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Sea Power in American History: The Influence of the Navy and the Merchant ...
Herman F. Krafft
No preview available - 2015
action Admiral Ameri American merchant American Navy American sea power American ships army Atlantic attack Bainbridge batteries battle blockade Britain British sea power broadside Captain captured cargo Cervera Champlain Chesapeake Civil coast colonies command commerce Commodore Confederacy Confederate Congress crew cruise cruisers David Porter Decatur decisive deck defense Dewey Dewey's enemy enemy's England Ericsson Erie Europe European Farragut fight fire fleet flotilla foreign France French frigate German gunboats guns harbor Hull Island John Ericsson Lake Lake Champlain Lake Erie later Macdonough Mahan manceuver maritime merchant marine Merrimac miles military Mississippi Mobile Bay Monitor Monroe Doctrine Napoleon Napoleonic Wars nation naval forces Nelson neutral North officers Orleans Paul Jones peace Perry Porter ports Preble river sail sailors sloops South Southern Spain Spanish squadron steam steamer Stephen Decatur submarine superior surrender tion torpedoes trade treaty Tripoli Union United vessels victory war-ship Washington waters West Indies York
Page 15 - Neither the perseverance of Holland, nor the activity of France, nor the dexterous and firm sagacity of English enterprise ever carried this most perilous mode of hardy industry to the extent to which it has been pushed by this recent people ; a people who are still, as it were, but in the gristle, and not yet hardened into the bone of manhood.
Page xii - It is necessary for the national defense and development of its foreign and domestic commerce that the United States shall have a merchant marine (a) sufficient to carry its domestic waterborne commerce and a substantial portion of the waterborne export and import foreign commerce of the United States...
Page 15 - Whilst we follow them among the tumbling mountains of ice, and behold them penetrating into the deepest frozen recesses of Hudson's Bay and Davis' Straits, whilst we are looking for them beneath the Arctic Circle, we hear that they have pierced into the opposite region of polar cold; that they are at the antipodes,- and engaged under the frozen serpent of the South.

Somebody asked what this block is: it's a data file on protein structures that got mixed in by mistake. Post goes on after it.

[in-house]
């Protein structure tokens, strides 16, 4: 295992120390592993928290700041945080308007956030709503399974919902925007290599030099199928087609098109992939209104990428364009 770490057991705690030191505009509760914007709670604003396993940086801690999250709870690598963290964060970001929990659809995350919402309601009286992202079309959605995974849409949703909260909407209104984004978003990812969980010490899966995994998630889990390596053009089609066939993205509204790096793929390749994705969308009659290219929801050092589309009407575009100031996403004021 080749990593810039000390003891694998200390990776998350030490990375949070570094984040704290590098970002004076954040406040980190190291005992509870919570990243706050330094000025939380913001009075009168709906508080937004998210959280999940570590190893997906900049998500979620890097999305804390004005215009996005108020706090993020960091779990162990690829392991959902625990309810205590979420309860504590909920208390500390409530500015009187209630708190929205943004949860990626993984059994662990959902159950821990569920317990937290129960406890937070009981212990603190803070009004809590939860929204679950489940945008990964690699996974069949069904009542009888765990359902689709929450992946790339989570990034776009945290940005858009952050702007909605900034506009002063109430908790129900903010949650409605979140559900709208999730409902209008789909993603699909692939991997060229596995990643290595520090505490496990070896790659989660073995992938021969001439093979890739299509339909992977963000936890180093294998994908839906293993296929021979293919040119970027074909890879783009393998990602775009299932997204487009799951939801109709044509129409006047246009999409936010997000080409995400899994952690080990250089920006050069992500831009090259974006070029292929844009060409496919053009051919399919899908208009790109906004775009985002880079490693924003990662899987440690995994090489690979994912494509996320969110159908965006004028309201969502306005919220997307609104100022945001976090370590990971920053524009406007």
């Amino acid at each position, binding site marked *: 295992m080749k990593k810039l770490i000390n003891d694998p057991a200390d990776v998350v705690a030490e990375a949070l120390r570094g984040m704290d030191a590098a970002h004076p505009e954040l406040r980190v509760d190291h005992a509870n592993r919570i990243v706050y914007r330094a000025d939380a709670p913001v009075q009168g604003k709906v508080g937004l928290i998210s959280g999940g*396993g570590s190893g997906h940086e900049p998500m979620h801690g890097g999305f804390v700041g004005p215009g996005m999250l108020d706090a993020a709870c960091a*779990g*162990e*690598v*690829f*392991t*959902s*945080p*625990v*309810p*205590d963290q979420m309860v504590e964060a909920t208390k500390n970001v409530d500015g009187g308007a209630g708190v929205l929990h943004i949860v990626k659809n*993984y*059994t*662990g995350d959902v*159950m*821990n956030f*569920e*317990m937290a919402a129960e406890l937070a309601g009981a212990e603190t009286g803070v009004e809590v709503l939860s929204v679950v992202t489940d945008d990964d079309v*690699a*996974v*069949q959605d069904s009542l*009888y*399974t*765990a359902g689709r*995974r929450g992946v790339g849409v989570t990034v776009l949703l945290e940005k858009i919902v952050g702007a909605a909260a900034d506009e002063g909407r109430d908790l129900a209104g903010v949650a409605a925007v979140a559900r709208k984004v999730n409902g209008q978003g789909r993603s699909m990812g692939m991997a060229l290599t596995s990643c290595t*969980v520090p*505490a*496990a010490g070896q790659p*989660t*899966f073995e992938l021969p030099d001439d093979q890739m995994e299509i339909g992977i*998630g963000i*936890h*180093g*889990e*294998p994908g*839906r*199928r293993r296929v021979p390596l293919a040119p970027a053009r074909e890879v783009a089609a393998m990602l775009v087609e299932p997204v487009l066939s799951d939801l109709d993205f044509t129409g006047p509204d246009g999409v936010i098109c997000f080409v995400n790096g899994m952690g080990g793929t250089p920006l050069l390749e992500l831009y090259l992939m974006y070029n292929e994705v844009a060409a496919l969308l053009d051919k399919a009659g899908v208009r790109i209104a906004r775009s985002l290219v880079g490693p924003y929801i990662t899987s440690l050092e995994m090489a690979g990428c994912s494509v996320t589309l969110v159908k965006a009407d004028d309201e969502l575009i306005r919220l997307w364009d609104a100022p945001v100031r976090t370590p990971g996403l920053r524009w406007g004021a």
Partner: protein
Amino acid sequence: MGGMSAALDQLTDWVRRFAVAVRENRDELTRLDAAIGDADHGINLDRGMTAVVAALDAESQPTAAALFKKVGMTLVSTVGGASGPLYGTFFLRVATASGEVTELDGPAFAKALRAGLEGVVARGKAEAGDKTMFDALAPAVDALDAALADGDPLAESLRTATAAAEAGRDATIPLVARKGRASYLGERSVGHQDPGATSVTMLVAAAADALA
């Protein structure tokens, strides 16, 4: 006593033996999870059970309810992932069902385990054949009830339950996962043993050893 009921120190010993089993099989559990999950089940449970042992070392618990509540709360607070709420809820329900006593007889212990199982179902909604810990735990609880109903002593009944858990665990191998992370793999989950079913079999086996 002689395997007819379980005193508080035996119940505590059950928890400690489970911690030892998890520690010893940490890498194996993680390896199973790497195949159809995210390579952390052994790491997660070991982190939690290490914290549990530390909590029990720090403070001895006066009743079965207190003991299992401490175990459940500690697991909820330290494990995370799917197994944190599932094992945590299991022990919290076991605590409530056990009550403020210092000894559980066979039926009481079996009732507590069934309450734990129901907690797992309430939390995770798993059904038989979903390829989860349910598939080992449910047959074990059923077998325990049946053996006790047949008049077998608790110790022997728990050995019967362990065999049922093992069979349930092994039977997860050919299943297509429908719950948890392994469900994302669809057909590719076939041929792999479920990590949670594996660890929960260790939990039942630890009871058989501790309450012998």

Page xii - States; and it is hereby declared to be the policy of the United States to do whatever may be necessary to develop and encourage the maintenance of such a merchant marine...
Page 156 - Our country! In her intercourse with foreign nations may she always be in the right; but our country, right or wrong.
Page 348 - I am not now thinking of the loss of property involved, immense and serious as that is, but only of the wanton and wholesale destruction of the lives of non-combatants, men, women, and children, engaged in pursuits which have always, even in the darkest periods of modern history, been deemed innocent and legitimate.
Page 15 - Straits, whilst we are looking for them beneath the arctic circle, we hear that they have pierced into the opposite region of polar cold, that they are at the antipodes, and engaged under the frozen serpent of the south. Falkland Island, which seemed too remote and romantic an object for the grasp of national ambition, is but a stage and resting-place in the progress of their victorious industry. Nor is the equinoctial heat more discouraging to them, than the accumulated winter of both the poles....
Page 15 - Nor is the equinoctial heat more discouraging to them than the accumulated winter of both the poles. We know that while some of them draw the line, and strike the harpoon on the coast of Africa, others run the longitude, and pursue their gigantic game along the coast of Brazil. No sea but what is vexed by their fisheries. No climate that is not witness to their toils.
Page 293 - I am going into Mobile Bay in the morning, if God is my leader, as I hope He is, and in Him I place my trust.
Page 186 - European sailor navigates with prudence ; he only sets sail when the weather is favourable ; if an unforeseen accident befalls him, he puts into port ; at night he furls a portion of his canvas ; and when the whitening billows intimate the vicinity of land, he checks his way, and takes an observation of the sun.